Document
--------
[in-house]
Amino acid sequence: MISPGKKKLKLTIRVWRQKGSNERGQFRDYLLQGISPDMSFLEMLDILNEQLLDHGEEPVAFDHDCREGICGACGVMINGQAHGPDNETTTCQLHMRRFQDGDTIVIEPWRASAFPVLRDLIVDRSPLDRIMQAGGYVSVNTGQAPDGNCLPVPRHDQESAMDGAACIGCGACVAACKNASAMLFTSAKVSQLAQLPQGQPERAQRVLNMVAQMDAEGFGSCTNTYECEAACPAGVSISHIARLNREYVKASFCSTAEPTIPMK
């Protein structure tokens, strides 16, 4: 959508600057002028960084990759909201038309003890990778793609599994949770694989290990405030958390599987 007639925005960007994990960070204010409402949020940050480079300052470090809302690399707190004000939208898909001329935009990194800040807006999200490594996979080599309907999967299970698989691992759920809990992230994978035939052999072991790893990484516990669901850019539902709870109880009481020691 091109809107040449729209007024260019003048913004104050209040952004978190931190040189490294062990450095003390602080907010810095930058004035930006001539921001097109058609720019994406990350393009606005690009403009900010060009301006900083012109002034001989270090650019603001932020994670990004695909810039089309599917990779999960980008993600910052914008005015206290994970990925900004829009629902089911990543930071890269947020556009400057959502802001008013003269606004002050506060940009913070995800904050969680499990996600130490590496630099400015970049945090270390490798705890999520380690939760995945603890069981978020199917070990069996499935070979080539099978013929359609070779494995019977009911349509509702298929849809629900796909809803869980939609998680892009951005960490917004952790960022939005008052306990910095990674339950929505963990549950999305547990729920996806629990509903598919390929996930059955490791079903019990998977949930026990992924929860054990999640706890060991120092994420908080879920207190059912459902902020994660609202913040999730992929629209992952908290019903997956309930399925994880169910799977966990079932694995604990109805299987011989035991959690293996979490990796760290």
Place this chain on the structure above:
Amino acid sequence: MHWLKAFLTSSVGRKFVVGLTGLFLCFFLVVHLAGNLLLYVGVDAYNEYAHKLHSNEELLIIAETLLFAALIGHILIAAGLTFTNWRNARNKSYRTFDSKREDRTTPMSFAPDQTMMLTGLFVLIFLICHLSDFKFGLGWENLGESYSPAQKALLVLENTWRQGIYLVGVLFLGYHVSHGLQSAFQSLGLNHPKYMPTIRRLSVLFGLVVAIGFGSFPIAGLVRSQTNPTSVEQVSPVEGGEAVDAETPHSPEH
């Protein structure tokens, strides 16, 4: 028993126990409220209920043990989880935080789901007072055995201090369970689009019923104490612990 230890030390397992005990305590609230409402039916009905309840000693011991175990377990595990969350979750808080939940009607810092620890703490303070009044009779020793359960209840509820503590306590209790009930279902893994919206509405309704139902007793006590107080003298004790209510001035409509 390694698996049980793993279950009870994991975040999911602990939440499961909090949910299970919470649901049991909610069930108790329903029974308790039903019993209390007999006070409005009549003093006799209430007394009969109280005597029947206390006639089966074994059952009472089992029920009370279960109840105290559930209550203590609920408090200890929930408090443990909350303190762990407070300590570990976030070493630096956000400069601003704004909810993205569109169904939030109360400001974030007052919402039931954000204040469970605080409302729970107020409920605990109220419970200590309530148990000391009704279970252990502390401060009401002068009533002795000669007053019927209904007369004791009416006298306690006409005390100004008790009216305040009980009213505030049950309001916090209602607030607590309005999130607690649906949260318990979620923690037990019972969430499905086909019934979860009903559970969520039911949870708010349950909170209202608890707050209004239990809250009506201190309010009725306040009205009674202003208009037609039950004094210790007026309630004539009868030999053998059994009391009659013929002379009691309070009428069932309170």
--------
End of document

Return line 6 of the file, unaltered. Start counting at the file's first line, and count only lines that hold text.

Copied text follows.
């Protein structure tokens, strides 16, 4: 028993126990409220209920043990989880935080789901007072055995201090369970689009019923104490612990 230890030390397992005990305590609230409402039916009905309840000693011991175990377990595990969350979750808080939940009607810092620890703490303070009044009779020793359960209840509820503590306590209790009930279902893994919206509405309704139902007793006590107080003298004790209510001035409509 390694698996049980793993279950009870994991975040999911602990939440499961909090949910299970919470649901049991909610069930108790329903029974308790039903019993209390007999006070409005009549003093006799209430007394009969109280005597029947206390006639089966074994059952009472089992029920009370279960109840105290559930209550203590609920408090200890929930408090443990909350303190762990407070300590570990976030070493630096956000400069601003704004909810993205569109169904939030109360400001974030007052919402039931954000204040469970605080409302729970107020409920605990109220419970200590309530148990000391009704279970252990502390401060009401002068009533002795000669007053019927209904007369004791009416006298306690006409005390100004008790009216305040009980009213505030049950309001916090209602607030607590309005999130607690649906949260318990979620923690037990019972969430499905086909019934979860009903559970969520039911949870708010349950909170209202608890707050209004239990809250009506201190309010009725306040009205009674202003208009037609039950004094210790007026309630004539009868030999053998059994009391009659013929002379009691309070009428069932309170």